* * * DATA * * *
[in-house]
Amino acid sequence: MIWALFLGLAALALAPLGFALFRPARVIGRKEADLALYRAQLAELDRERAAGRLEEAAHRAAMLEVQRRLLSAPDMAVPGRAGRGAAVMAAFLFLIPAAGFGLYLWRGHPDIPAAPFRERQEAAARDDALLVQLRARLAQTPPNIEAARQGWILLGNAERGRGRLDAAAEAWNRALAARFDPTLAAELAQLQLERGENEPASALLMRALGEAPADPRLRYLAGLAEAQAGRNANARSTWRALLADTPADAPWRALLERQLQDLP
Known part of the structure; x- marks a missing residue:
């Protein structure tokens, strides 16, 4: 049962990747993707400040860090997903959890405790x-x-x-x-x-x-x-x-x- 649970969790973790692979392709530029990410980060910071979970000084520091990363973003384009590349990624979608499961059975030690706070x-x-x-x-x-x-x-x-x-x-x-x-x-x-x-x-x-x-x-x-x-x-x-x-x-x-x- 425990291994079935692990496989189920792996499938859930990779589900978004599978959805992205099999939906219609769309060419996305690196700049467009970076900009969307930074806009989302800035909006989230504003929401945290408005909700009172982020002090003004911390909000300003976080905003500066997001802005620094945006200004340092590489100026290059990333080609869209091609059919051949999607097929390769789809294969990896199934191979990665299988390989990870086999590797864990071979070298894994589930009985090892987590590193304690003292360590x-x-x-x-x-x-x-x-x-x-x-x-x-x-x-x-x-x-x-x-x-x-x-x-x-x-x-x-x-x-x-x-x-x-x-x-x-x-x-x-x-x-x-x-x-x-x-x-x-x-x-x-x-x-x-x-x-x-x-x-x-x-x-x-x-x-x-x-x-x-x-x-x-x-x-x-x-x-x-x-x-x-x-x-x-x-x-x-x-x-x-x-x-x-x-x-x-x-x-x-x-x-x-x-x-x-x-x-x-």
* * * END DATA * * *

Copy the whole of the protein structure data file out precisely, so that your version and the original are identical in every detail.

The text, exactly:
[in-house]
Amino acid sequence: MIWALFLGLAALALAPLGFALFRPARVIGRKEADLALYRAQLAELDRERAAGRLEEAAHRAAMLEVQRRLLSAPDMAVPGRAGRGAAVMAAFLFLIPAAGFGLYLWRGHPDIPAAPFRERQEAAARDDALLVQLRARLAQTPPNIEAARQGWILLGNAERGRGRLDAAAEAWNRALAARFDPTLAAELAQLQLERGENEPASALLMRALGEAPADPRLRYLAGLAEAQAGRNANARSTWRALLADTPADAPWRALLERQLQDLP
Known part of the structure; x- marks a missing residue:
């Protein structure tokens, strides 16, 4: 049962990747993707400040860090997903959890405790x-x-x-x-x-x-x-x-x- 649970969790973790692979392709530029990410980060910071979970000084520091990363973003384009590349990624979608499961059975030690706070x-x-x-x-x-x-x-x-x-x-x-x-x-x-x-x-x-x-x-x-x-x-x-x-x-x-x- 425990291994079935692990496989189920792996499938859930990779589900978004599978959805992205099999939906219609769309060419996305690196700049467009970076900009969307930074806009989302800035909006989230504003929401945290408005909700009172982020002090003004911390909000300003976080905003500066997001802005620094945006200004340092590489100026290059990333080609869209091609059919051949999607097929390769789809294969990896199934191979990665299988390989990870086999590797864990071979070298894994589930009985090892987590590193304690003292360590x-x-x-x-x-x-x-x-x-x-x-x-x-x-x-x-x-x-x-x-x-x-x-x-x-x-x-x-x-x-x-x-x-x-x-x-x-x-x-x-x-x-x-x-x-x-x-x-x-x-x-x-x-x-x-x-x-x-x-x-x-x-x-x-x-x-x-x-x-x-x-x-x-x-x-x-x-x-x-x-x-x-x-x-x-x-x-x-x-x-x-x-x-x-x-x-x-x-x-x-x-x-x-x-x-x-x-x-x-």